The following Corporate Crime practice note Produced in partnership with Simon Creighton of Bhatt Murphy Solicitors provides comprehensive and up to date legal information covering:
Prisoners in England and Wales (either on remand or after conviction) can lawfully be held in any prison and there is no legal right to be held in or transferred to a prison of their choice.
Following conviction, all prisoners must be categorised (see Practice Note: Prisoner categorisation) and this process also requires an initial decision to be made on allocation. Prison Service Instructions (PSI) 39-41/2011 provide guidance on this procedure for adult males, women prisoners and young offenders. The aim is for the process to be completed within one month of conviction and for a suitable allocation to be made. Specific guidance is given to the relevant factors to be taken into account including public protection issues such as safeguarding children and harassment issues.
There is very little policy guidance on the factors to be taken into account when deciding on a prisoner’s initial allocation or transfer. The Prison Rules 1999 (Prison Rules), SI 1999/728 make it a requirement that ‘special attention’ is paid to maintaining family relationships. Previous policy documents indicated that domestic circumstances area relevant factor but the only current guidance on the management of sentences simply states that the Oasis document (which does contain some information about a prisoner’s personal circumstances outside of prison) must be taken into account when allocation decisions are made (Prison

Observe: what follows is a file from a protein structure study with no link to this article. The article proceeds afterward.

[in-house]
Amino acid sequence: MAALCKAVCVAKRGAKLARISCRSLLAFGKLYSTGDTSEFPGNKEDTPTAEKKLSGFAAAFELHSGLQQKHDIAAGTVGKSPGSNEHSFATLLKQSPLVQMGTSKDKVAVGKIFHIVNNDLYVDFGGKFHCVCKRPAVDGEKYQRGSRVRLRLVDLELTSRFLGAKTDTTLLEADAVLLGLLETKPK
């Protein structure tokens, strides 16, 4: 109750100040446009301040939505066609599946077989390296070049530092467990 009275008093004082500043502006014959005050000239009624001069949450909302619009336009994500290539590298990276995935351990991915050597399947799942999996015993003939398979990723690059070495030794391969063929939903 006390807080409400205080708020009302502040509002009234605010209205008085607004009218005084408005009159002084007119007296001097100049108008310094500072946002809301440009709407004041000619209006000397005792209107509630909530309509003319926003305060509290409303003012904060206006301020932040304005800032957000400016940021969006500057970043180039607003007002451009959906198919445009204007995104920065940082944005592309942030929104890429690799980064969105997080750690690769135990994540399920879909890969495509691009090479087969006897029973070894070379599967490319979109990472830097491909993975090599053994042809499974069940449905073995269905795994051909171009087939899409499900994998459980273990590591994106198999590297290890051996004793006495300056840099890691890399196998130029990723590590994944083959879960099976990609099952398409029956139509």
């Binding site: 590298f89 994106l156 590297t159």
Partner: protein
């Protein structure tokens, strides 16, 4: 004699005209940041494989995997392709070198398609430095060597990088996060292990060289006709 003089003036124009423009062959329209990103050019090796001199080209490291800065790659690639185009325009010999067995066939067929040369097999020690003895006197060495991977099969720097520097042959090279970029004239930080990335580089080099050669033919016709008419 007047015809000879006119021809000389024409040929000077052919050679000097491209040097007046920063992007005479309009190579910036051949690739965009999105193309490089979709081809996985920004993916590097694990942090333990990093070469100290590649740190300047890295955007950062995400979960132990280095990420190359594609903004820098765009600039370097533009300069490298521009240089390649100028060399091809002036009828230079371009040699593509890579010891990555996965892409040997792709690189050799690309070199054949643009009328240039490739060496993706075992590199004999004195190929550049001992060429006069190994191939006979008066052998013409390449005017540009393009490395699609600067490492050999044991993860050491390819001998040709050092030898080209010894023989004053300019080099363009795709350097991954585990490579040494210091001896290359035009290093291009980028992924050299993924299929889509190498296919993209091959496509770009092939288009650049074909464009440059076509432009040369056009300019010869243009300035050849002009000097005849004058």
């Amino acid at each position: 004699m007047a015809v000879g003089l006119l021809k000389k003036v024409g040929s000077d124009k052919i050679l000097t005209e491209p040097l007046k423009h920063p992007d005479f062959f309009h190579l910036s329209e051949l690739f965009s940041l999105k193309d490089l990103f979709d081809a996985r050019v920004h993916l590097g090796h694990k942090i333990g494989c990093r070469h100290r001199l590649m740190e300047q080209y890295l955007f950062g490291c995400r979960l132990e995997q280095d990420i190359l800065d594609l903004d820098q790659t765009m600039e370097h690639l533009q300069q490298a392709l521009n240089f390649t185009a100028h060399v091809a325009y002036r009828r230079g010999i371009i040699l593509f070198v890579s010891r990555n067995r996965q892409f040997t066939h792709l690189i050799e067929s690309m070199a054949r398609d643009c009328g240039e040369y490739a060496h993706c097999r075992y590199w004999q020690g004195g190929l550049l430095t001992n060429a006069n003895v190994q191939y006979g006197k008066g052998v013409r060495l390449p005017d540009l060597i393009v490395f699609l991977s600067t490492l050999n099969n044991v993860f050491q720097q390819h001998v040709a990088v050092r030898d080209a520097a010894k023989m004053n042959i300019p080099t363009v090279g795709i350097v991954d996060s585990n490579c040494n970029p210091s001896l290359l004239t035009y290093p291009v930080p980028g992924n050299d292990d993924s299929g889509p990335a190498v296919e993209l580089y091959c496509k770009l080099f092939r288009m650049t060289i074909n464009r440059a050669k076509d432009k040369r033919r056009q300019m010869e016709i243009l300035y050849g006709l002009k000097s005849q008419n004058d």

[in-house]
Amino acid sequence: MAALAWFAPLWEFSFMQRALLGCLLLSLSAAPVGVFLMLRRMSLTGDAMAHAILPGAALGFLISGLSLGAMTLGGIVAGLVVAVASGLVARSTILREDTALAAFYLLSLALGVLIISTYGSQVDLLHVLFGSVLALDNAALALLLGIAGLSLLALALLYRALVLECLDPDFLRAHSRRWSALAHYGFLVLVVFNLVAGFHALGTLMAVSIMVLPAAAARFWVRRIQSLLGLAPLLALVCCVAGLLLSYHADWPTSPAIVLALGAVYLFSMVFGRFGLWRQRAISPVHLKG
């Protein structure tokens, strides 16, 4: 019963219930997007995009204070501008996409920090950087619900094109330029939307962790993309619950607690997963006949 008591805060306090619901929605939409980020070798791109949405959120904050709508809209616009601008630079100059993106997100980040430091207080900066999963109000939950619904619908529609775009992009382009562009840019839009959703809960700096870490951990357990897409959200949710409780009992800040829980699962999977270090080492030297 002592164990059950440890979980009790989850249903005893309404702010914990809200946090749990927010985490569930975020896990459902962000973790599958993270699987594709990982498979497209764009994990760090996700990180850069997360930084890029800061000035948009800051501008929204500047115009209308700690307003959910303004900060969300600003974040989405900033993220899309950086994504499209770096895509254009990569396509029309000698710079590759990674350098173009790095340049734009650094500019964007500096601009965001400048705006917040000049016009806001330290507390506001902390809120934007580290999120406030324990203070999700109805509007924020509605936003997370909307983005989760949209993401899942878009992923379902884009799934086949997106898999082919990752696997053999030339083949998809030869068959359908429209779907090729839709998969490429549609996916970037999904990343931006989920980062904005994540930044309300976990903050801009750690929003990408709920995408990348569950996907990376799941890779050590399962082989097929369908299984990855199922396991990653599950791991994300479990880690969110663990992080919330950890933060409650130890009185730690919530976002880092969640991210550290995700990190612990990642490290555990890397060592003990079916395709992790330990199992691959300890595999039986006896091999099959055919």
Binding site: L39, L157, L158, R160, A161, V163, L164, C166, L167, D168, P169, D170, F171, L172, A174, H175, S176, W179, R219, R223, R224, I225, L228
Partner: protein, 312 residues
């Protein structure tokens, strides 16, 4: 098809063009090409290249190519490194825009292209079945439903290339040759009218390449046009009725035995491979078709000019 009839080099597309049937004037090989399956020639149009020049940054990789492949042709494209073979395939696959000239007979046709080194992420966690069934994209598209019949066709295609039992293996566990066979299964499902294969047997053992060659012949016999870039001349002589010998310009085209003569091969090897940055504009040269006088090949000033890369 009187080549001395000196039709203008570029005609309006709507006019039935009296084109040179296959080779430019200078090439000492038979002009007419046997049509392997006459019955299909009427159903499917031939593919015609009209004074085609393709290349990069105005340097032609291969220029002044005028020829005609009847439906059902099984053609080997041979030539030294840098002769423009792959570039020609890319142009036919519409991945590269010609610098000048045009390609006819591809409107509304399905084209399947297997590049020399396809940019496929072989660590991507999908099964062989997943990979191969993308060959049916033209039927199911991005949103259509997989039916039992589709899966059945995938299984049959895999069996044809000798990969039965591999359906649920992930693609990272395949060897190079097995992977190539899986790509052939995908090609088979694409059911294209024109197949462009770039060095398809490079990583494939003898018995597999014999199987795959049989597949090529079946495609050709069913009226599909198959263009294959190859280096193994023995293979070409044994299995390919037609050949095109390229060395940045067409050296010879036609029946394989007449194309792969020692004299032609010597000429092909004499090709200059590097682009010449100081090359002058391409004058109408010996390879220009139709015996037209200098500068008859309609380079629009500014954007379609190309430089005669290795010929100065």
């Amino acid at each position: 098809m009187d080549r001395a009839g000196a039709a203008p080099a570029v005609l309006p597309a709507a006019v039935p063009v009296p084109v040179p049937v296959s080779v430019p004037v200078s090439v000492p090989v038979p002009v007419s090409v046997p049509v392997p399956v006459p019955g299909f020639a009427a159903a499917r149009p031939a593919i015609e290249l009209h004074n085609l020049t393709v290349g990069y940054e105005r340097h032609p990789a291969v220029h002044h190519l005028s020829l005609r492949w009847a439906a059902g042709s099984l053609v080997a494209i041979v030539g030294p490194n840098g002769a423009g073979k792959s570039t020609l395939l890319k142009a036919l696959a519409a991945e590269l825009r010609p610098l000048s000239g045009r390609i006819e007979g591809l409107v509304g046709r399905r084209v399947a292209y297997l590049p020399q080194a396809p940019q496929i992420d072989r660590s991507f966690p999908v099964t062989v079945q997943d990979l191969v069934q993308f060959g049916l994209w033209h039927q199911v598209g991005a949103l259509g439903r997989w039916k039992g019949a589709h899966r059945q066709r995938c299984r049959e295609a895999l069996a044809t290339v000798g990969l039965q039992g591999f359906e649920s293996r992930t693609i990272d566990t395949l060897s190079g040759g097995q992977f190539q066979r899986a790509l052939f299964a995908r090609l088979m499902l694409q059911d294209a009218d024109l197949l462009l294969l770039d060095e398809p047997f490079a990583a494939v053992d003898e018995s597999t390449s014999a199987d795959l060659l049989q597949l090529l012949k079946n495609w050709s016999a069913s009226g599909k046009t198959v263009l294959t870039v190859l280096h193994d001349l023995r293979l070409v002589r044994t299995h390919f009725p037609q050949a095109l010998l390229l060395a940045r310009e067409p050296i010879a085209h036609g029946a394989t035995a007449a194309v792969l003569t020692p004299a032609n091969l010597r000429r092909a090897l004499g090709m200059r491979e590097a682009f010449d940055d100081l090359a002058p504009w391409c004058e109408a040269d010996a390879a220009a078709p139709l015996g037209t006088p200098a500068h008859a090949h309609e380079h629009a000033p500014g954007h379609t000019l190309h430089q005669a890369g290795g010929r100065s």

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This Practice Note considers the law governing the procedural law of arbitration proceedings (the curial law or lex arbitri) and how it is determined under the law of England and Wales (England and English are used as convenient shorthand).The procedural law of the arbitral proceedingsThe procedural
This Practice Note considers the nature and scope of arbitration agreements with a particular focus on arbitration agreements pursuant to the law of England and Wales, although it also discusses the concept from an international perspective and includes some comparative examples from other
The Public Private Partnership (PPP) models are a popular way for governments to involve private investment, expertise and risk in procuring infrastructure, with the potential to deliver a project more efficiently and economically. One of the most popular PPP models for procuring infrastructure
This Practice Note considers the doctrine of forum non conveniens, also referred to as the appropriate forum or the proper place for a dispute to be determined. This doctrine is of relevance when determining whether the courts of England and Wales have jurisdiction to hear a dispute and is applied
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